MOSCOW, November 21 (RIA Novosti) – Greek Prime Minister Antonis Samaras called on the troika of international lenders on Wednesday to fulfil their commitments and unlock a much-needed 31.5 billion euro loan for the country, claiming Greece has met its creditors’ austerity demands.
“Greece did what it had committed it would do. Our partners, together with the IMF, also have to do what they have undertaken to do,” Samaras said in a statement following the Eurogroup’s decision to delay the loan. ”Any technical difficulties in finding a technical solution do not justify any negligence or delays,” he added.
After 12 hours of talks in Brussels, Eurozone finance ministers withheld approval on Tuesday night for the scheduled 31.5 billion euro tranche of bailout funds for Greece, which is teetering on the brink of a sovereign default.
Following the finance ministers’ meeting, Eurogroup President Jean-Claude Junker said that the Eurogroup will meet again on November 26 to complete “further technical work on some elements of this package.”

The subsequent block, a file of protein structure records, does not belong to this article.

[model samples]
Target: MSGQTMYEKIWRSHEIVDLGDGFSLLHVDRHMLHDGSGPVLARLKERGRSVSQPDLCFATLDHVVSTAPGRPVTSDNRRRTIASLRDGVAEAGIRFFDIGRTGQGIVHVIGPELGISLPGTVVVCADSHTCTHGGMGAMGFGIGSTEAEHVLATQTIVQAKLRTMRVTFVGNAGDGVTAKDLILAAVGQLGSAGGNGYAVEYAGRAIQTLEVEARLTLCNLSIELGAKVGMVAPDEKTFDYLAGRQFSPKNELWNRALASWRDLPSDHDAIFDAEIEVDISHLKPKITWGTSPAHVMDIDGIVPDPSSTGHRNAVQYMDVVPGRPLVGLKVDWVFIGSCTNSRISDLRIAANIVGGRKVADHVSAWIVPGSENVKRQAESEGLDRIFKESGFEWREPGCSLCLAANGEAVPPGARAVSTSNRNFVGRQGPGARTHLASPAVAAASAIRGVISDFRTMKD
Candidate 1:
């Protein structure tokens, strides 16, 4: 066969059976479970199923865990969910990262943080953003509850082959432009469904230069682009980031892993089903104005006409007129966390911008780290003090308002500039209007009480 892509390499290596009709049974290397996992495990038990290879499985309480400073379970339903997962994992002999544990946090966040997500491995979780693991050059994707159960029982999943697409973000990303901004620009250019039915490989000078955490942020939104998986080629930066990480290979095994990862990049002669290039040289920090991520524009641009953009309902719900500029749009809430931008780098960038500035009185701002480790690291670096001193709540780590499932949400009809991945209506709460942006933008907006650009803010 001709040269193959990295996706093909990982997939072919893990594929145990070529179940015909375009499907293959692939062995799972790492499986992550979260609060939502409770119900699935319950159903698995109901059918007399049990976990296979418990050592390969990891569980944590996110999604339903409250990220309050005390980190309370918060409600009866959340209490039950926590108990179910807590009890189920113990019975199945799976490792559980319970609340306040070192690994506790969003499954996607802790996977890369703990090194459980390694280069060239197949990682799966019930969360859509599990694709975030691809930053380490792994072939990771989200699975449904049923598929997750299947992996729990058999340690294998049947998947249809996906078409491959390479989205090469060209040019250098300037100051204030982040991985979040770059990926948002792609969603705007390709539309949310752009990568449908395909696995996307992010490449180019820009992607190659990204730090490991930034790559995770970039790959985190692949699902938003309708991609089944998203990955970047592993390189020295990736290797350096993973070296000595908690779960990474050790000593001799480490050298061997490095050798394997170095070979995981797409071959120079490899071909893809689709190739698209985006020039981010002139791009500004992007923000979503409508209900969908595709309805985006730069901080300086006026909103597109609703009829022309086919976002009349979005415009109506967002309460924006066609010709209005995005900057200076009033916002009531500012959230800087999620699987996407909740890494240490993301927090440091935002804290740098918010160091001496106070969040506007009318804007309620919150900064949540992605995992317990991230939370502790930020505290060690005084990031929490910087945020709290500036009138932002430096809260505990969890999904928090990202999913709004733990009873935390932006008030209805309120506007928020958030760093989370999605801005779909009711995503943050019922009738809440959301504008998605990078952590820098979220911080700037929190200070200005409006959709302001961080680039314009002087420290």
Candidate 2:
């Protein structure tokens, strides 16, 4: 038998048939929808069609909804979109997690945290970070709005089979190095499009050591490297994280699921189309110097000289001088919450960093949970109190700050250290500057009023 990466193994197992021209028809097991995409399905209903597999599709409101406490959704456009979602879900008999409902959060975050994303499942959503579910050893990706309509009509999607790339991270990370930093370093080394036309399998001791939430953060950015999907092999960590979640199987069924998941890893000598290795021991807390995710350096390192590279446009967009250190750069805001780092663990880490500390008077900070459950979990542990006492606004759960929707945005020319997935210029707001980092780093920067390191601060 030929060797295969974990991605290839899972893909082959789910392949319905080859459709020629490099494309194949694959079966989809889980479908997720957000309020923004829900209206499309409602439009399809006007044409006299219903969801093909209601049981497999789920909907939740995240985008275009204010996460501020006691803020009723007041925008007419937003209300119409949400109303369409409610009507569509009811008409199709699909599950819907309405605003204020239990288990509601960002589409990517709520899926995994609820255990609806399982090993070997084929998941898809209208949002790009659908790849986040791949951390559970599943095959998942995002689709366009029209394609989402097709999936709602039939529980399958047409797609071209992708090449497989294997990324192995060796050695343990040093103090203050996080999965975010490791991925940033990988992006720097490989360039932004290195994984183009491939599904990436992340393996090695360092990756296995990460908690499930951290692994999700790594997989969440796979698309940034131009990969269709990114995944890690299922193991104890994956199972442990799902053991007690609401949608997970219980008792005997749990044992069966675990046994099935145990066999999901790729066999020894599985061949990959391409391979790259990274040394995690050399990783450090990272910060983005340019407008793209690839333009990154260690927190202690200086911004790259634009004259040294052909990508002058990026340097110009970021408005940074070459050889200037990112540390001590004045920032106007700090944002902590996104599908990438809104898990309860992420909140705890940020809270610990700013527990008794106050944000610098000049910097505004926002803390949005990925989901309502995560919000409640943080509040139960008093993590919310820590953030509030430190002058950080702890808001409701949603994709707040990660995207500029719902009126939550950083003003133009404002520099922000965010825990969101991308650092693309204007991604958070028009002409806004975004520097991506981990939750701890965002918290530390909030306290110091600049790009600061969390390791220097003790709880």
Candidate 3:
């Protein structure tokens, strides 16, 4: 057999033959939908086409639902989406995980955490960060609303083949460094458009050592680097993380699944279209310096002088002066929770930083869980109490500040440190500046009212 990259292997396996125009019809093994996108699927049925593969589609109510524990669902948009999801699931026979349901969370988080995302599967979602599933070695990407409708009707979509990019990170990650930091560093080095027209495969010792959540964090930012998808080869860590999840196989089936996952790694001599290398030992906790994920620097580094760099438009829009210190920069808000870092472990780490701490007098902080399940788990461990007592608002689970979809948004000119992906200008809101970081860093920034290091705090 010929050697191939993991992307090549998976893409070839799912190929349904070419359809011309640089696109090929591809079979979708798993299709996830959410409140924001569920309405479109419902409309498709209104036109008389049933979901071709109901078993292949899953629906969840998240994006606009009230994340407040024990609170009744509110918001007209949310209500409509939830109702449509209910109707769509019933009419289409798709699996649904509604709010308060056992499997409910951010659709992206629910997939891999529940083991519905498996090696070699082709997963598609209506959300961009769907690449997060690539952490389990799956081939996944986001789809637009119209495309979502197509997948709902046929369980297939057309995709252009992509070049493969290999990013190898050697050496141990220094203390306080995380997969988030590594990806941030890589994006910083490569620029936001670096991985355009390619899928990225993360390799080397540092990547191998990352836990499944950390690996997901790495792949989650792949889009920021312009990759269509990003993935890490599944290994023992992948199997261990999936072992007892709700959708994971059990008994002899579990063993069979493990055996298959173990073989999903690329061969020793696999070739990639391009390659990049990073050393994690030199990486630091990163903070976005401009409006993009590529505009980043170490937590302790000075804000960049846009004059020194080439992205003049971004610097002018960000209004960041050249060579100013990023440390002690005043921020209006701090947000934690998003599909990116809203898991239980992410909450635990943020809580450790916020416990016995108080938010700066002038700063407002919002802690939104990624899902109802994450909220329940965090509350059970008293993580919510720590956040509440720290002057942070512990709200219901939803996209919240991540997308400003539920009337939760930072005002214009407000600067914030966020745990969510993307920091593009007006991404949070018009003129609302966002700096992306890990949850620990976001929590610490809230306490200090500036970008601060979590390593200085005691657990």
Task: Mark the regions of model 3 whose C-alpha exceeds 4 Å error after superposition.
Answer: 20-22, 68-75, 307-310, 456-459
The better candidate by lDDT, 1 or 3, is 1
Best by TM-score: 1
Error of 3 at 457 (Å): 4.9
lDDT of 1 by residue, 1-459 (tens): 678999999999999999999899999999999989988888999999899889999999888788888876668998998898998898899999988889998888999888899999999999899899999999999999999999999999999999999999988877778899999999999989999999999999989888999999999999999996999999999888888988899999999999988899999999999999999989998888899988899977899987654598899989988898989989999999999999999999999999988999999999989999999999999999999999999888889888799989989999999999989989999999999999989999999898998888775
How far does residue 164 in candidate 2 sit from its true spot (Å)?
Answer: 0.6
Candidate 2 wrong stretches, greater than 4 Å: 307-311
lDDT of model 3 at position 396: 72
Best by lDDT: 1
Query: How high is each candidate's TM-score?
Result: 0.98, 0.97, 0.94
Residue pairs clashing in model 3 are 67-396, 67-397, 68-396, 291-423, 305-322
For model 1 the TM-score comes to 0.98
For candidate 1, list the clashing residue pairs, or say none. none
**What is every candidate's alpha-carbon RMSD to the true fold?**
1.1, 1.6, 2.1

On November 8 the Greek parliament passed a highly unpopular austerity bill setting out 13.5 billion euros in spending cuts as well as tax hikes and labor reforms by 2016 as demanded by the troika (the European Union, the IMF and the European Central Bank) to reduce the country’s debt and deficit.
Greece has been receiving bailout loans since May 2010, and to date has received nearly 149 billion euros ($191 billion) of funds from Europe and the IMF, out of a total promised bailout of 240 billion euros.
The country has had to resort to expensive short-term borrowing, while the European Union and the IMF consider whether to release the latest 31.5 billion euro tranche of bailout funds.
Greece has had to implement severe deficit reduction measures in order to comply with international lenders’ requirements tied to the loans, such as mass redundancies in the public sector, social welfare cuts and privatization. This sparked a wave of social discontent, triggering mass riots and general strikes.
International investors fear Greece’s sovereign default and potential exit from the eurozone might trigger a chain reaction across Europe, affecting European banks and forcing other countries such as Portugal or Spain out of the currency union.